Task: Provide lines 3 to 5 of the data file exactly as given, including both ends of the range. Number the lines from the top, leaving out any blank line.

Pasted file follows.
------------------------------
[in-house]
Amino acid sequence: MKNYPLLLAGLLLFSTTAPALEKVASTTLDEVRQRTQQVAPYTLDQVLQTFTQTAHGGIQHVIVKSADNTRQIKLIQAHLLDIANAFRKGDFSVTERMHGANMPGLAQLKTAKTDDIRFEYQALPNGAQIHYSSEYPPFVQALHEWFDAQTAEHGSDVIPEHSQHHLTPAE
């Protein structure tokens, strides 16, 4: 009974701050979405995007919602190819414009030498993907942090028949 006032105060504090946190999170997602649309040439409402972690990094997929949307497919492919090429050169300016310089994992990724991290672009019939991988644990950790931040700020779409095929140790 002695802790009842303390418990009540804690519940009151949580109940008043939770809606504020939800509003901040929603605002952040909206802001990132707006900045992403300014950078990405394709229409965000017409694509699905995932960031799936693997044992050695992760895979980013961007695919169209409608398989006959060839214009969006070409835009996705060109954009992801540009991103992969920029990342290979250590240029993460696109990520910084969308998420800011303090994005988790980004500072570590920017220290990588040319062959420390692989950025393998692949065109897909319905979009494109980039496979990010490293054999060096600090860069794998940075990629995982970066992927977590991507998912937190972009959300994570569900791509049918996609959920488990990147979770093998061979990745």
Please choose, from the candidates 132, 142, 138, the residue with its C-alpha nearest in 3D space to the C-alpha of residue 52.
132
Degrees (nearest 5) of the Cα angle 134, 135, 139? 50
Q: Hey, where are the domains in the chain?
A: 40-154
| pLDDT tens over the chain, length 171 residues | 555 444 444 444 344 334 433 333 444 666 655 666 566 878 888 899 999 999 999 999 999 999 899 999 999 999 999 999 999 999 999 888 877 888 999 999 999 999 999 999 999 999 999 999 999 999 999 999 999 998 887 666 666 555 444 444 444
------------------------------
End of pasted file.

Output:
């Protein structure tokens, strides 16, 4: 009974701050979405995007919602190819414009030498993907942090028949 006032105060504090946190999170997602649309040439409402972690990094997929949307497919492919090429050169300016310089994992990724991290672009019939991988644990950790931040700020779409095929140790 002695802790009842303390418990009540804690519940009151949580109940008043939770809606504020939800509003901040929603605002952040909206802001990132707006900045992403300014950078990405394709229409965000017409694509699905995932960031799936693997044992050695992760895979980013961007695919169209409608398989006959060839214009969006070409835009996705060109954009992801540009991103992969920029990342290979250590240029993460696109990520910084969308998420800011303090994005988790980004500072570590920017220290990588040319062959420390692989950025393998692949065109897909319905979009494109980039496979990010490293054999060096600090860069794998940075990629995982970066992927977590991507998912937190972009959300994570569900791509049918996609959920488990990147979770093998061979990745």
Please choose, from the candidates 132, 142, 138, the residue with its C-alpha nearest in 3D space to the C-alpha of residue 52.
132